If they start the Spread Pick on the side, the Big defender doesn’t go for a soft hedge and drops to the paint one step back from the free throw line to prevent the driving. The guard’s defender will go OVER. The guard’s defender boxes him out (VEER BACK). The roller defender switches and takes the guard. The picker will continue his dribble under the basket, and he will try to skip the pass to his open teammates. Everybody will go from “help” defense to “deny,” to take the skip options. What we want in the end is the same in each case: NO free throw, NO lay-up, NO three-pointer.

Defensively I will Blitz the Side PNR. I assume they will have a guy behind the ball line, a guy up on the side and one punching in the middle of the paint. If they throw the ball towards the center, everybody sprints back to his men, and if they throw it to the sideline, a full rotation should happen.

High PNR I would like to do like this: the guard defender will back up and force the player with the ball to create separation closer to the three-point line. The guard defender will go from containing mode to “body to body” forcing into the screen because first, we want to prevent rejection of the screen by faking the Pick & Roll, and also because we wish to no separation. In the same time into the paint, we must form a triangle of lane protection. Next stage is the SHOW, which must happen at the same angle as the screen, and should be violent. The “Show” man must never remain attached to his opponent because we want first to show high to delay the guard, and second, he must make room for his teammate to go OVER the screen and between the show guy and the screener for his recovery. For preventing a pass to the roller, the guy who is in the middle of the lane inside the paint, on the first step of the roller comes and meets him at the fault line, and stays with him on the roll.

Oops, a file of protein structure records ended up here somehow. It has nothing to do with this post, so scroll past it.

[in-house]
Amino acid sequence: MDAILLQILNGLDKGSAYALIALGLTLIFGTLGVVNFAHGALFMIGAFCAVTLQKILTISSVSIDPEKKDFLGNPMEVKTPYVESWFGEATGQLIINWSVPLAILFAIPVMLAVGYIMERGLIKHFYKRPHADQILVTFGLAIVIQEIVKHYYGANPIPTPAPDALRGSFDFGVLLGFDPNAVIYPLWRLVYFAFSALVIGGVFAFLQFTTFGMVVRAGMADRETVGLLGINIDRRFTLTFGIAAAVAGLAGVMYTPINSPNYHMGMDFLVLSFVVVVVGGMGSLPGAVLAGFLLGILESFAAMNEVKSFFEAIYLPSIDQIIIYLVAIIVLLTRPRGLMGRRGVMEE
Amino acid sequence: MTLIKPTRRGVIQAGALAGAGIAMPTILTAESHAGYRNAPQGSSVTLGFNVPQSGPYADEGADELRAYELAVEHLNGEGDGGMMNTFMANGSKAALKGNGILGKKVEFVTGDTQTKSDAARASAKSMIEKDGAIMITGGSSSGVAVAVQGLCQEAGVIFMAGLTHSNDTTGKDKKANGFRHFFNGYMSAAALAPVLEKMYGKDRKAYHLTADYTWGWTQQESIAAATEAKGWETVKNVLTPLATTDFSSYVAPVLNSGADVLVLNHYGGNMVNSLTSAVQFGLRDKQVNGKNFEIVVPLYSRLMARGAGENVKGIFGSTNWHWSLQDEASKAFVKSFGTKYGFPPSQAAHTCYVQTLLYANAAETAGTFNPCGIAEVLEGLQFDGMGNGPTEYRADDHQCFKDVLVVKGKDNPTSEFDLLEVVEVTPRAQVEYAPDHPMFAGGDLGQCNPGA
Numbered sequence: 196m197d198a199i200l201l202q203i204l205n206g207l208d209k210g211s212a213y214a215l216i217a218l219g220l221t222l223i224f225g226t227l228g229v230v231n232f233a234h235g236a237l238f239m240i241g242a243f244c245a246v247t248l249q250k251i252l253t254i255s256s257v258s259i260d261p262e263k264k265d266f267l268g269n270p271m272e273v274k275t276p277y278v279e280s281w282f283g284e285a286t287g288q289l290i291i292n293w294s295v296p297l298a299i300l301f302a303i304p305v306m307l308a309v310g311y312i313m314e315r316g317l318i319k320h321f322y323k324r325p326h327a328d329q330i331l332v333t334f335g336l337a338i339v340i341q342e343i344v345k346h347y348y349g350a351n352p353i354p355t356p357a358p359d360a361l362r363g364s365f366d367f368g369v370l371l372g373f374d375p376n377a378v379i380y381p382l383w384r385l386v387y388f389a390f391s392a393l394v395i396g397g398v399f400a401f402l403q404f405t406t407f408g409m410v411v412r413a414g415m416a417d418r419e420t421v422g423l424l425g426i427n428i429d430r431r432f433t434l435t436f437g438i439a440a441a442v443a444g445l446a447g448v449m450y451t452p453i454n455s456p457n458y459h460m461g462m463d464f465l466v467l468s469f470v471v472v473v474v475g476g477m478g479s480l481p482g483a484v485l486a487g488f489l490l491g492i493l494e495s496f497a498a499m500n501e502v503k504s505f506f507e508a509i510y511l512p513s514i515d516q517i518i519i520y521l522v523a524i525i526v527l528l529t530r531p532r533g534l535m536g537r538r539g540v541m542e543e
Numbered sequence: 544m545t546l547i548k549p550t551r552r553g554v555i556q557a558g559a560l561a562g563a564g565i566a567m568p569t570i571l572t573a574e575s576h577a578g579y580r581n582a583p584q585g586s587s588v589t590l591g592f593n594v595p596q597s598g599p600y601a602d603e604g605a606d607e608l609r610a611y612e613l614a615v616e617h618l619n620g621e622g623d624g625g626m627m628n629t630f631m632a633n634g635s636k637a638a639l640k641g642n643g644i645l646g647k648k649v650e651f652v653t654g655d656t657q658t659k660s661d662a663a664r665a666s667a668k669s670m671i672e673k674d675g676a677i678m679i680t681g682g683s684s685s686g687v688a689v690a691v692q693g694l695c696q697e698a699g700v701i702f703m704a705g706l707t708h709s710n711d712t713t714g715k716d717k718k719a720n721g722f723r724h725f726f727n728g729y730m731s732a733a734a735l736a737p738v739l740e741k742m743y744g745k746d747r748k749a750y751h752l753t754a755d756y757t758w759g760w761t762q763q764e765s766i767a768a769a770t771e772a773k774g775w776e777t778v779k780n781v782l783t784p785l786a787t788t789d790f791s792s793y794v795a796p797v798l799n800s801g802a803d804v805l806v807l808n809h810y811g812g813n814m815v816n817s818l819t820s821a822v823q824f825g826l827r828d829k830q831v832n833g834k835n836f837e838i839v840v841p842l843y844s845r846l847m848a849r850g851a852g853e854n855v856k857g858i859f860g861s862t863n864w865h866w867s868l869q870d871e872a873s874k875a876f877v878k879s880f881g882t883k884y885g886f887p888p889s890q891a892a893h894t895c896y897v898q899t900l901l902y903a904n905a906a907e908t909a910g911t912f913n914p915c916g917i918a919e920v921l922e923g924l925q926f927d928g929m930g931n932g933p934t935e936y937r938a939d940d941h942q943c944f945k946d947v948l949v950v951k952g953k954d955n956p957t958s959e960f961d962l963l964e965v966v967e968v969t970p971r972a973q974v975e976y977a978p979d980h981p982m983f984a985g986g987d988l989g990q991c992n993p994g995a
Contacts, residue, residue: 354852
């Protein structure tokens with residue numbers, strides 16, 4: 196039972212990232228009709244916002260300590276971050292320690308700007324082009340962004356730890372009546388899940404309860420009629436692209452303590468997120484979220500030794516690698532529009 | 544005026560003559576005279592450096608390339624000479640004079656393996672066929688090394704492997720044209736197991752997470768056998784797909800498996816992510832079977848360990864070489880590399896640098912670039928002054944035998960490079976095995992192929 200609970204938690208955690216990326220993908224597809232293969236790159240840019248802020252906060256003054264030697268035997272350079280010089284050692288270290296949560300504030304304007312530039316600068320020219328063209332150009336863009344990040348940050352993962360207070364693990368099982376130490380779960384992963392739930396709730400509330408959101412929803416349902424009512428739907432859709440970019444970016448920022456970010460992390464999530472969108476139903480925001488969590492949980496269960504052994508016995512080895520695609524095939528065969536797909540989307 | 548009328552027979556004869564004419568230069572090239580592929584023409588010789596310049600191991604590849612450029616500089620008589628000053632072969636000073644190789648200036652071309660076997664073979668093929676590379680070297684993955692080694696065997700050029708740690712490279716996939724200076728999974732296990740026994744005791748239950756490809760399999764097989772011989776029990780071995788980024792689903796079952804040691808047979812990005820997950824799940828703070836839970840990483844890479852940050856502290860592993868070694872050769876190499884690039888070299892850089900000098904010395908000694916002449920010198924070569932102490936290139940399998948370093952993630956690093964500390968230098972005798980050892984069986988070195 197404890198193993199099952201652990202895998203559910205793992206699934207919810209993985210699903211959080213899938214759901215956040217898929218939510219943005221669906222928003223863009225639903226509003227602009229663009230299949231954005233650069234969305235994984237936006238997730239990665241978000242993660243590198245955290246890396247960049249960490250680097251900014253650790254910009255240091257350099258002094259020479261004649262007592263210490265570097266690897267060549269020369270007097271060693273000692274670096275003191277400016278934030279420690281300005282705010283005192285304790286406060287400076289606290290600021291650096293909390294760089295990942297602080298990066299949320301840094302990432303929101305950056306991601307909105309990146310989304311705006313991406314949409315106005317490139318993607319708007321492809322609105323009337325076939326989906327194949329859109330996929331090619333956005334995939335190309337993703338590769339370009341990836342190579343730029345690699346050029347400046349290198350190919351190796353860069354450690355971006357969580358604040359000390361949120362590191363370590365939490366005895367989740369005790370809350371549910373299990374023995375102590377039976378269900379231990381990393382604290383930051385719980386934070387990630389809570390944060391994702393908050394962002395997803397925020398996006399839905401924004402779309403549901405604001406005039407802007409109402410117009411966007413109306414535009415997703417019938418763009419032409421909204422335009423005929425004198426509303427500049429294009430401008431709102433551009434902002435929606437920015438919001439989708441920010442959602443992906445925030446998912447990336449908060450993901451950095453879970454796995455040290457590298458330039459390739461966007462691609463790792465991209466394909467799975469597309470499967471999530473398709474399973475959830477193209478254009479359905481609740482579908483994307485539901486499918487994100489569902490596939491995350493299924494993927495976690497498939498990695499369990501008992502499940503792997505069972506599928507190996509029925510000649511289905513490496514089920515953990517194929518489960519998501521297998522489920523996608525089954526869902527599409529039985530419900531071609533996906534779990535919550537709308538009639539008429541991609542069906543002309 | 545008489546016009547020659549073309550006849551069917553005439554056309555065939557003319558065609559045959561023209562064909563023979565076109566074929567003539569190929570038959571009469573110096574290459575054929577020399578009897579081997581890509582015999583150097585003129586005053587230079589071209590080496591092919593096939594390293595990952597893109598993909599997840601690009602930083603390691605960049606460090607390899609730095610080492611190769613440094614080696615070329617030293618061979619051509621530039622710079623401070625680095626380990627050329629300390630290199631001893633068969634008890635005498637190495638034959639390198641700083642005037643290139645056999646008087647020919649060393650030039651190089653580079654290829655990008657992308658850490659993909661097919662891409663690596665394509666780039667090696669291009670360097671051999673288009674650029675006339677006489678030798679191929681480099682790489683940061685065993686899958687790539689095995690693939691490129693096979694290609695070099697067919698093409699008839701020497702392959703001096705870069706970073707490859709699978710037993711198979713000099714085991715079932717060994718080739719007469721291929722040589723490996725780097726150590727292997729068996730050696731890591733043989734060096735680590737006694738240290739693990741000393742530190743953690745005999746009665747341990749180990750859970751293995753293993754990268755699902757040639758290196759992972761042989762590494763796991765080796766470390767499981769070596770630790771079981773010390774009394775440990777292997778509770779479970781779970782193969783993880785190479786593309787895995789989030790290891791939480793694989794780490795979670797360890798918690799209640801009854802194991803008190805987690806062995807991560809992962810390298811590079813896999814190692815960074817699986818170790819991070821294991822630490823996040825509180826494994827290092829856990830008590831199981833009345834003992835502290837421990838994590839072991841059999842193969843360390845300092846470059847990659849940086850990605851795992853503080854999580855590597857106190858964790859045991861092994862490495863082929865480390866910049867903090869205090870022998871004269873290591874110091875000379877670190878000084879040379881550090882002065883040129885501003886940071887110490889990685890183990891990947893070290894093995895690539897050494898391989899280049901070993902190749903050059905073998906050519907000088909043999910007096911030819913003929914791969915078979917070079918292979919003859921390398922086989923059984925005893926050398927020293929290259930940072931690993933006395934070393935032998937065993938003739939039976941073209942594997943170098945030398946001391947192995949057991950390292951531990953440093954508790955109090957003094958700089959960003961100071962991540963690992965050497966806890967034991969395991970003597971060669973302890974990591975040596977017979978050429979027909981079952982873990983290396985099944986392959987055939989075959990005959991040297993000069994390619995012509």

After any basket made by my team, we will try to deny the inbound pass to their point guard, and force him to receive it low. After he gets it, we will focus on turning him two times or at least once in their backcourt, which I know it is a tough job against Larkin or Micic. On any made basket we will match-up with the closest man until we can rematch in our court again. Using this strategy, we will try to make them shoot in the last 7-8 seconds of the offense.

If they will go full court press or they change the defense into a Zone, I have two strategies ready, but I will not extend the explanations.

I genuinely believe that defending successfully the PNR, which means around 50% of the points will be decisive for winning.

In offense, we will run our system, and here I could say that our players perform all the actions in perfect details. The execution details made the difference between Fener and Zalgiris. For example, when Fener used any PNR the starting point, the screening angle, the roll or the pop, and even how the point guard attacks the defender after the screen, everything was almost perfect. For Zalgiris, there were a lot of imperfections.

Who will win three out of the four of the followings, and not with much, only with a little bit, will win the game:

  1. True shooting percentage
  2. Free throws attempted vs. free throws given up
  3. Rebounds percentages
  4. Turnovers

For the offensive rebounds, I will use three players, and two will go back for defensive balance.

Now, going back to reality, tomorrow we will see a great semi-final of these great teams, both of them under the lead of two coaching titans. If Obradovic starts as a favorite, let’s not ignore Ataman, who is an outstanding coach.

I believe that Fenerbahce will win, even if Vesely will not play (hopefully he will), but at this level of basketball, you never know.



Be the first to comment

Leave a Reply

Your email address will not be published.